Christopher Alexander’s book ‘A New Theory of Urban Design’ (1987) was ground-breaking in developing an alternative approach to static master plans. It describes a meaningful holistic city design experiment created by organic improvisations without any top-down interference.
Finally, Yuval Portugali’s book ‘Self-organization and the City’ (2000), is another relevant contribution in which he proposes a systemic understanding of cities, whereby both bottom-up and top-down agents alternately gain influence in shaping cities.
Nurturing a true city innovation
Within the Dutch urban planning tradition, we find ‘scenario testing’ as a critical strategy development method. It is not by accident that the city gaming, as a young field of knowledge, finds a welcoming environment to flourish in the Netherlands — the ‘Play the City Method’, Tygron’s ‘Next Generation Planner’, ‘Redesire’, ‘Scenarios’, ‘Metropoly’, ‘Ministry of Food’, ‘EgoCity,’ ‘In the Loop’, and ‘Energy Safari’ are only a few of many promising city gaming methods developed in the Netherlands.
Growing international interest in city gaming can be tracked through projects such as Modelling the Future (Sydney), ‘Community Planit’ online platform (US), Participatory Chinatown (Boston), and Betaville (New York). Recently, we have observed established knowledge institutions adjusting their curriculum to make room for games — the University of Cambridge is hiring a Professor of Lego for Urban Design, MIT Medialab’s recently developed ‘Cityscope’, and ETH Zurich created a brand new education track ‘Action! On the Real City’. Exciting practices also include the mayor of Hamburg’s use of the city game ‘Finding.Places’ for settling refugees in local neighborhoods. Hamburg is not the only one to start applying this approach: Helsinki’s entire planning crew plays games for an inclusive city agenda, while Bristol has made long-term investments in playable city policies.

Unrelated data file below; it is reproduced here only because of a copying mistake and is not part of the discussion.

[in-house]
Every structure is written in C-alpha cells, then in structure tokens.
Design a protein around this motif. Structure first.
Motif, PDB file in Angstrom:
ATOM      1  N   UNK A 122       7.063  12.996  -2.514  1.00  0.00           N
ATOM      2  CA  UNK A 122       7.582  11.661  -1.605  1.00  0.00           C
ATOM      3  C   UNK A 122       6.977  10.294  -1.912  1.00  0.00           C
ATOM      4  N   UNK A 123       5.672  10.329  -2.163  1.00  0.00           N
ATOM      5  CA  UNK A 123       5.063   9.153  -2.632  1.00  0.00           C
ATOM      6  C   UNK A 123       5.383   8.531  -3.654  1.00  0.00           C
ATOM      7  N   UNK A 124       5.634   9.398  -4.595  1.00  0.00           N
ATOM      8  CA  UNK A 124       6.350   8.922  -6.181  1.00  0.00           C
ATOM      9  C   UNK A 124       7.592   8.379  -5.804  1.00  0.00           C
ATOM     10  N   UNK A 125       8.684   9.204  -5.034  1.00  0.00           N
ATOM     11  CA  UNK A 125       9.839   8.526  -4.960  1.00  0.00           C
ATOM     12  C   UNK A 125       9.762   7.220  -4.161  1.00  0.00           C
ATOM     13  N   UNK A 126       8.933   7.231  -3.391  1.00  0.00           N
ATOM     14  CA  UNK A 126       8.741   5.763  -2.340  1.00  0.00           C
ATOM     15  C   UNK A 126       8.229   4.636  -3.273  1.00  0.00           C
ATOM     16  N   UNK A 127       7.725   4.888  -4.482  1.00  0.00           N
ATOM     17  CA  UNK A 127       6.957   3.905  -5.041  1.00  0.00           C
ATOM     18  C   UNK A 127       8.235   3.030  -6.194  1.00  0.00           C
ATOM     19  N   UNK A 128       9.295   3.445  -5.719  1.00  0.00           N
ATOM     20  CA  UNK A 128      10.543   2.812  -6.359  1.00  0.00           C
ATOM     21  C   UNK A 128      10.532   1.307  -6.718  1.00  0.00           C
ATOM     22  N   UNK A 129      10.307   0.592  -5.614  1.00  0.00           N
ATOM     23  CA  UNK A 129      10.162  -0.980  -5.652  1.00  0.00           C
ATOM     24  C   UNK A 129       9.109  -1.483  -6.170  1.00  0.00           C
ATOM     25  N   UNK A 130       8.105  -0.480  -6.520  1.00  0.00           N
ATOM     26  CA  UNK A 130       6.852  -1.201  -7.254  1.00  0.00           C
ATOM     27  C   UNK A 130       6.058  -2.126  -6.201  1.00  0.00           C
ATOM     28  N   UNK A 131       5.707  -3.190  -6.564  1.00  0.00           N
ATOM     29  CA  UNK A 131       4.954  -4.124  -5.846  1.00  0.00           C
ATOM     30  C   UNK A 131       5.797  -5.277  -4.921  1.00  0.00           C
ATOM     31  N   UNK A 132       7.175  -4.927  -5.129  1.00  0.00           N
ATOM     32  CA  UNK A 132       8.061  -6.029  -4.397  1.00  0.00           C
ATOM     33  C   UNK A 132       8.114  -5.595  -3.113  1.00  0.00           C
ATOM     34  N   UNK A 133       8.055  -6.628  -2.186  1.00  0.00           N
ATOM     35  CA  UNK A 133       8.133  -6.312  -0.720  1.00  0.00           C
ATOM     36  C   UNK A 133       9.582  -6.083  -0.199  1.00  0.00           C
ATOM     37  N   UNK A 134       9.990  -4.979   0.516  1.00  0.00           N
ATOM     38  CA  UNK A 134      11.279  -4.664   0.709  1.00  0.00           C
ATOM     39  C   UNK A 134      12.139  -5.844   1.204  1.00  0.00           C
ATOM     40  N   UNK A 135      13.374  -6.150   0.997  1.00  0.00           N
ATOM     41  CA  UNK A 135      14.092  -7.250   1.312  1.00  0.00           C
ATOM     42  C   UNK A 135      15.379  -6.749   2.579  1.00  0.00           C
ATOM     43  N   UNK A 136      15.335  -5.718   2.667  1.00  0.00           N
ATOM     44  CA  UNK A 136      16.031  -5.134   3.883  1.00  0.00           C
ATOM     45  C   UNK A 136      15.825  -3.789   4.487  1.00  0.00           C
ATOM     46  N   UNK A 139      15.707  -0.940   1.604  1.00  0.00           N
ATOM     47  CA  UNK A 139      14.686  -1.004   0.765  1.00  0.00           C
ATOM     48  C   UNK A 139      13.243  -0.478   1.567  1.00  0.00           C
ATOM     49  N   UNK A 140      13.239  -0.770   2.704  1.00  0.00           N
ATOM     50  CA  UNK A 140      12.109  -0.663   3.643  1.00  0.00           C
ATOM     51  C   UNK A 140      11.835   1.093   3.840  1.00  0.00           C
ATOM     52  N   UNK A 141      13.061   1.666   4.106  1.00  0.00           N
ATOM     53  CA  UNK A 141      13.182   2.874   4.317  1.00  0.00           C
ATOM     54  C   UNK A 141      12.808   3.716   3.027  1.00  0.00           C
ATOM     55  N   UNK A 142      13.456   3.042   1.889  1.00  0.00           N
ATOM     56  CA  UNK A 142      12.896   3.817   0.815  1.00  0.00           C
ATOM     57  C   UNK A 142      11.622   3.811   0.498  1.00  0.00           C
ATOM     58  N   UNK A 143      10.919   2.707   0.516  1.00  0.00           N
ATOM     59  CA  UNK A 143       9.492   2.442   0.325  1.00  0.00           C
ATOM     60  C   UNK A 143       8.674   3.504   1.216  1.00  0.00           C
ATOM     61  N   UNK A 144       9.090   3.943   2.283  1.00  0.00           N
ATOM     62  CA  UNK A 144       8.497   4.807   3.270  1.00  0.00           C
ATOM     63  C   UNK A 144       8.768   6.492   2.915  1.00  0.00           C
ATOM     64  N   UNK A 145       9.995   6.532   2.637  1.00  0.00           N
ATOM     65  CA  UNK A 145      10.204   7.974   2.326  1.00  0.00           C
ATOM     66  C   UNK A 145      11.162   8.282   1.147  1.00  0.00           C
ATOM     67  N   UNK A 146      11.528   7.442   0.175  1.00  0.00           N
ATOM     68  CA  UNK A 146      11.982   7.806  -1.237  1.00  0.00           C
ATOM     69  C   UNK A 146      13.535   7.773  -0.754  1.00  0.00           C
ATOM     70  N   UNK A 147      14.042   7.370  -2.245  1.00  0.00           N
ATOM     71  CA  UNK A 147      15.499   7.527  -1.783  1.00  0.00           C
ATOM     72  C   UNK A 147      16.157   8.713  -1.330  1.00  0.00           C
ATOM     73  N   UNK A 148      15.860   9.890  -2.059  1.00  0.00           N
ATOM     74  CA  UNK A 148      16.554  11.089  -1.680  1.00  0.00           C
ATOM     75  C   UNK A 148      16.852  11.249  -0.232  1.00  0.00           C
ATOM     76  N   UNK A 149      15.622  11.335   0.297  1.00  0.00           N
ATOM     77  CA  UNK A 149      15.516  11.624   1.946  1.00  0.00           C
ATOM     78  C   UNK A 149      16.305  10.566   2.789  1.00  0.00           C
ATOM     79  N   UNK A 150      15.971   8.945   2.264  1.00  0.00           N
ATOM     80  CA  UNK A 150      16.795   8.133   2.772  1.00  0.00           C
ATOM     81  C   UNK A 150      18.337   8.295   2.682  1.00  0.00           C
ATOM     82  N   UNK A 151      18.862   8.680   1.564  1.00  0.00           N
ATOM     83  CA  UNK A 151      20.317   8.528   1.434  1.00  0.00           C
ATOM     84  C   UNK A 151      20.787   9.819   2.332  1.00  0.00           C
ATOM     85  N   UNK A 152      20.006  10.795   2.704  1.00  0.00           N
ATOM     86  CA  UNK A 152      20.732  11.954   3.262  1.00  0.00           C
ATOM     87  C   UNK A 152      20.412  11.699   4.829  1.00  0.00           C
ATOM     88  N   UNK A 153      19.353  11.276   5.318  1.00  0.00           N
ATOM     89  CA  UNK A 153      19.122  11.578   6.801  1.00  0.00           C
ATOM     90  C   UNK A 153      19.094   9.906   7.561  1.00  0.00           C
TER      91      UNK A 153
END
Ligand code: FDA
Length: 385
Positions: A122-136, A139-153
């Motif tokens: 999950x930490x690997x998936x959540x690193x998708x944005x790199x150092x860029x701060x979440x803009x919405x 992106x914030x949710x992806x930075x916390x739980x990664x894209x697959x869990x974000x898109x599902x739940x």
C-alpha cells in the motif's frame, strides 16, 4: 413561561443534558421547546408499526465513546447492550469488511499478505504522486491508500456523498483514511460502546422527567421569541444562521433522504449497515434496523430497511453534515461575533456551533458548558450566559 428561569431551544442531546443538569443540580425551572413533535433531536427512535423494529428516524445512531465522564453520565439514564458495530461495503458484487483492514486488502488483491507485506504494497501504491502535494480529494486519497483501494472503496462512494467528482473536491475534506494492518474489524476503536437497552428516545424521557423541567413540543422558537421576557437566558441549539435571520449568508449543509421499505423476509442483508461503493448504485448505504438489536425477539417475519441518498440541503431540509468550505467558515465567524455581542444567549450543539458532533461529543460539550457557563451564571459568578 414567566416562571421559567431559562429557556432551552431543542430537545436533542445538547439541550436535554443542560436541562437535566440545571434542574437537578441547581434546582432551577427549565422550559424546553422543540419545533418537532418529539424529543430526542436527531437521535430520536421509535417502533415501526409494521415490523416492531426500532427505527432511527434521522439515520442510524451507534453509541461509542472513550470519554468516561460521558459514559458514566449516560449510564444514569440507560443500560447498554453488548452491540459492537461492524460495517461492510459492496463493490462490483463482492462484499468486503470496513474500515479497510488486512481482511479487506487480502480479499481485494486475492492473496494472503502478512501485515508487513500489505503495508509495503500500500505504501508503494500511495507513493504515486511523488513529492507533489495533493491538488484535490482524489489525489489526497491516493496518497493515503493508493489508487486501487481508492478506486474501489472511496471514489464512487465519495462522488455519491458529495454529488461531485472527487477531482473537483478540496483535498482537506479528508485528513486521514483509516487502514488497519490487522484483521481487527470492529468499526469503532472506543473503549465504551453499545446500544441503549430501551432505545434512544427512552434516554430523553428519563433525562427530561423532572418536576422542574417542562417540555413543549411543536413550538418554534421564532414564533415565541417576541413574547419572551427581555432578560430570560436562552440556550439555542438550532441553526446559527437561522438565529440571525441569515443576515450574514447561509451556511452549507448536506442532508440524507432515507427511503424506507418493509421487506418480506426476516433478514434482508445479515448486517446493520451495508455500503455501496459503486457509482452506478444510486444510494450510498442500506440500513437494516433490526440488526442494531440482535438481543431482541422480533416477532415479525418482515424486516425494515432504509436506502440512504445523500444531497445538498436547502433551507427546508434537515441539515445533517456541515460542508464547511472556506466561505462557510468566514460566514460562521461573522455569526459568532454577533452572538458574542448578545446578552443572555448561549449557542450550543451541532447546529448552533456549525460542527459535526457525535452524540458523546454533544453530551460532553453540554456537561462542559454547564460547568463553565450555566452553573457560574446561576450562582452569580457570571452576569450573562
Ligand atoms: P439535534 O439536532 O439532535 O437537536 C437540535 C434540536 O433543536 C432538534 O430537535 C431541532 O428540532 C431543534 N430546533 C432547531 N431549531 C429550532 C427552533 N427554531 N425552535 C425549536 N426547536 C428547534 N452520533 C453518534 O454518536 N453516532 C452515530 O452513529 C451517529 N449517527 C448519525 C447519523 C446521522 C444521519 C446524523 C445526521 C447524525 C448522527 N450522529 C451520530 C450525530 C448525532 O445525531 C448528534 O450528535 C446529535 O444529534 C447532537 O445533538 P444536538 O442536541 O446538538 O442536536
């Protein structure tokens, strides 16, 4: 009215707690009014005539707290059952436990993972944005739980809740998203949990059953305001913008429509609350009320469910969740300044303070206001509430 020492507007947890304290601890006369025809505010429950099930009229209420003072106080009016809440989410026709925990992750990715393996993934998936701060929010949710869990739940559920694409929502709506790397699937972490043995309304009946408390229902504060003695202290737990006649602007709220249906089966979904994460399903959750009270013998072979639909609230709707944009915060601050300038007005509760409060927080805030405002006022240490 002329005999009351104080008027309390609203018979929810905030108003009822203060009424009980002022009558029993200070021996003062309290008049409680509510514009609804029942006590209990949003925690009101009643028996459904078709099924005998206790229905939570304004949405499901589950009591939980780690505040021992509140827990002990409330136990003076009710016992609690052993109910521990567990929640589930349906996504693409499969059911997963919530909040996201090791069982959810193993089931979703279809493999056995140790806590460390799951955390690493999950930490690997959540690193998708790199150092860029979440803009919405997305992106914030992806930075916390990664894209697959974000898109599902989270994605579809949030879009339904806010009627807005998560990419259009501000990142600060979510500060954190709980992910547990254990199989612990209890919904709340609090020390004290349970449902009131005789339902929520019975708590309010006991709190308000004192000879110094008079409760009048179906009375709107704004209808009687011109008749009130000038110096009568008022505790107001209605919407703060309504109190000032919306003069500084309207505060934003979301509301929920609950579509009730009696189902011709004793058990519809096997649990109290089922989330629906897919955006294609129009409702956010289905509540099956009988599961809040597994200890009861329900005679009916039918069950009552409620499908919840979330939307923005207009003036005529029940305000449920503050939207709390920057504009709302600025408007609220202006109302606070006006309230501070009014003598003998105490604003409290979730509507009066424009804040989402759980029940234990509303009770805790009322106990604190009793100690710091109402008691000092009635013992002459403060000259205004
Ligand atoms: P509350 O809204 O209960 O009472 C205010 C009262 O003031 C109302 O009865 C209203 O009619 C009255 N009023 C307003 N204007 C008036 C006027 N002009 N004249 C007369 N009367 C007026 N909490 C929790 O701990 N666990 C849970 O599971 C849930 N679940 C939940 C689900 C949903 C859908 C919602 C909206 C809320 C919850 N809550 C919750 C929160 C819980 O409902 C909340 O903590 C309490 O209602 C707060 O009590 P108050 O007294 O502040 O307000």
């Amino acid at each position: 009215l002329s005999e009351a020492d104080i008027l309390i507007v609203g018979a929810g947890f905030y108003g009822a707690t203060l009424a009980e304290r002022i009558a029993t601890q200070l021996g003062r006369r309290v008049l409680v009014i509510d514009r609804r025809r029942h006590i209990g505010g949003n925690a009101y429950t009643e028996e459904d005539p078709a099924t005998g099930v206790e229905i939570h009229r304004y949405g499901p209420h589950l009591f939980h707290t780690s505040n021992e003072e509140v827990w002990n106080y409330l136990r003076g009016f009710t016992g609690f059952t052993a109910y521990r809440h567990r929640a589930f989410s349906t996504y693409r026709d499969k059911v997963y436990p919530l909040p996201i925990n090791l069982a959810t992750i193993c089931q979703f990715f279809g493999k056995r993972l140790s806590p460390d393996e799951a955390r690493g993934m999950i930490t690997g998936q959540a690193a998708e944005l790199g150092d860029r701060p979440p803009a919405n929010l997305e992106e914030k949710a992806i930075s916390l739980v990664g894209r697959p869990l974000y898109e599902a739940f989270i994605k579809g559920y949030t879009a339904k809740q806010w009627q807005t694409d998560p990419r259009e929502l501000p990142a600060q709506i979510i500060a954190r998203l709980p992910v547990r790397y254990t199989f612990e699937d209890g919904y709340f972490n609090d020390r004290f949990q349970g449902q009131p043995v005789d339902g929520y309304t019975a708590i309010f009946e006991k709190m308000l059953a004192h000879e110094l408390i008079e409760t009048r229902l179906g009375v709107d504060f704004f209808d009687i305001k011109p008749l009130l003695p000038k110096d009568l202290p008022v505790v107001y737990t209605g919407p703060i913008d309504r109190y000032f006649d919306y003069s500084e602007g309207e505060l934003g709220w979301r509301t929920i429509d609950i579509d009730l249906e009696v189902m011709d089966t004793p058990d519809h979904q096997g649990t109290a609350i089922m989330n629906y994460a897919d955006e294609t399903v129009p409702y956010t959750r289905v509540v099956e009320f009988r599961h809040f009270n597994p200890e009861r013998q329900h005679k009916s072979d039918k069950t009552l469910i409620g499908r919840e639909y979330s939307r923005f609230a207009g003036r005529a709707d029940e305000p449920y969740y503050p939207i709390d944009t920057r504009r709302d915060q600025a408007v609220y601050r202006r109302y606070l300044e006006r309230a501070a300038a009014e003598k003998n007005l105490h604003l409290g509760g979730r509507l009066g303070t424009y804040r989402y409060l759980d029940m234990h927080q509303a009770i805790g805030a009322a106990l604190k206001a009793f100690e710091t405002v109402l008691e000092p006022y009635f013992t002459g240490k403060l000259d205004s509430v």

Future of City Gaming: An Ecology of Interconnected Games
What would happen if city gaming grows into a platform running city development processes? What if interconnected city games of the future would envision, design, legalize, fund and construct cities?
Each city game is a place where focused datasets (i.e. information such as public space, food, waste, mobility) are collected, organized, and utilized during play. When linked to one another, games could provide a multidimensional perspective to stakeholders. They could support collaborative decide-making for future city visions, for financing projects, finding partners and for realizing them. In this way, an ecology of games could create the knowledge infrastructure for integrated decision-making.
As games enter the realm of city-making, creating an ecology of city games will provide a fresh perspective to the construction, the play, and the impact of a new generation of city games. In other words, the conflation of specific city games into a more accurate reflection of reality will offer a broader understanding of the city. In doing so it will further empower decision-makers, while also helping communities make conscious choices for themselves and their environments.
Dr. Ekim Tan is the founder of Play the City. Play the City’s practice is one of the forerunners in innovating and applying city gaming to urban challenges worldwide. Fascinated by unexplored possibilities, Play the City has created the initiative Games for Cities, a platform takes on the challenge of building on a new field of knowledge. It creates space for experiments and new research in close collaboration with city game designers worldwide. Games for Cities also reaches out to include the collective work of city game designers, local governments and communities who believe in potentials of city games and its futures for reinventing the city planning discipline.